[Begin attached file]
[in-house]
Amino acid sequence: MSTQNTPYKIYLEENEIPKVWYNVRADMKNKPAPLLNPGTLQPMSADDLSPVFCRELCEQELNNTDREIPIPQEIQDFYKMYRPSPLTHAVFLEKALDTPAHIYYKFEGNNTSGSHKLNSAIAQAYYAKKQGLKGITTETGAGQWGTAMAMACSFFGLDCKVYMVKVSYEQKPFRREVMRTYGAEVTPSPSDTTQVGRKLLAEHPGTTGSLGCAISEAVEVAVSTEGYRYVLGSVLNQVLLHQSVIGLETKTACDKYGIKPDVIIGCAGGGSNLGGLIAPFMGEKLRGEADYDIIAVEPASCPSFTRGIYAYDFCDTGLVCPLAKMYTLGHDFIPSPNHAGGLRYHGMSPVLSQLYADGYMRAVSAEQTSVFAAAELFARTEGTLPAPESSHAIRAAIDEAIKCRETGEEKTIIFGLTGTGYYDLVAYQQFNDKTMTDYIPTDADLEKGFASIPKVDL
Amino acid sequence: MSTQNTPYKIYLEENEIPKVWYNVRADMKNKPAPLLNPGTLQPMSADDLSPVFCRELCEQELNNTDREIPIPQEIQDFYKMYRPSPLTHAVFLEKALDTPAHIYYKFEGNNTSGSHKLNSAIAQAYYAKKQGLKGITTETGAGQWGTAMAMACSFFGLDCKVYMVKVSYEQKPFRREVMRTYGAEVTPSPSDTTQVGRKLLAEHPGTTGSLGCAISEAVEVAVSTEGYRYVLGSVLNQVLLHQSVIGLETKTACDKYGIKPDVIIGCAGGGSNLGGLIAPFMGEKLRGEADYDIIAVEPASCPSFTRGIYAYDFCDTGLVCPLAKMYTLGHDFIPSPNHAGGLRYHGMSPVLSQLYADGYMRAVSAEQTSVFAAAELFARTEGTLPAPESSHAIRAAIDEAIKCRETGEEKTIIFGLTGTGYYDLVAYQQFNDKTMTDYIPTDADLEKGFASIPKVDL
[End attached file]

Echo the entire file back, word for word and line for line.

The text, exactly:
[in-house]
Amino acid sequence: MSTQNTPYKIYLEENEIPKVWYNVRADMKNKPAPLLNPGTLQPMSADDLSPVFCRELCEQELNNTDREIPIPQEIQDFYKMYRPSPLTHAVFLEKALDTPAHIYYKFEGNNTSGSHKLNSAIAQAYYAKKQGLKGITTETGAGQWGTAMAMACSFFGLDCKVYMVKVSYEQKPFRREVMRTYGAEVTPSPSDTTQVGRKLLAEHPGTTGSLGCAISEAVEVAVSTEGYRYVLGSVLNQVLLHQSVIGLETKTACDKYGIKPDVIIGCAGGGSNLGGLIAPFMGEKLRGEADYDIIAVEPASCPSFTRGIYAYDFCDTGLVCPLAKMYTLGHDFIPSPNHAGGLRYHGMSPVLSQLYADGYMRAVSAEQTSVFAAAELFARTEGTLPAPESSHAIRAAIDEAIKCRETGEEKTIIFGLTGTGYYDLVAYQQFNDKTMTDYIPTDADLEKGFASIPKVDL
Amino acid sequence: MSTQNTPYKIYLEENEIPKVWYNVRADMKNKPAPLLNPGTLQPMSADDLSPVFCRELCEQELNNTDREIPIPQEIQDFYKMYRPSPLTHAVFLEKALDTPAHIYYKFEGNNTSGSHKLNSAIAQAYYAKKQGLKGITTETGAGQWGTAMAMACSFFGLDCKVYMVKVSYEQKPFRREVMRTYGAEVTPSPSDTTQVGRKLLAEHPGTTGSLGCAISEAVEVAVSTEGYRYVLGSVLNQVLLHQSVIGLETKTACDKYGIKPDVIIGCAGGGSNLGGLIAPFMGEKLRGEADYDIIAVEPASCPSFTRGIYAYDFCDTGLVCPLAKMYTLGHDFIPSPNHAGGLRYHGMSPVLSQLYADGYMRAVSAEQTSVFAAAELFARTEGTLPAPESSHAIRAAIDEAIKCRETGEEKTIIFGLTGTGYYDLVAYQQFNDKTMTDYIPTDADLEKGFASIPKVDL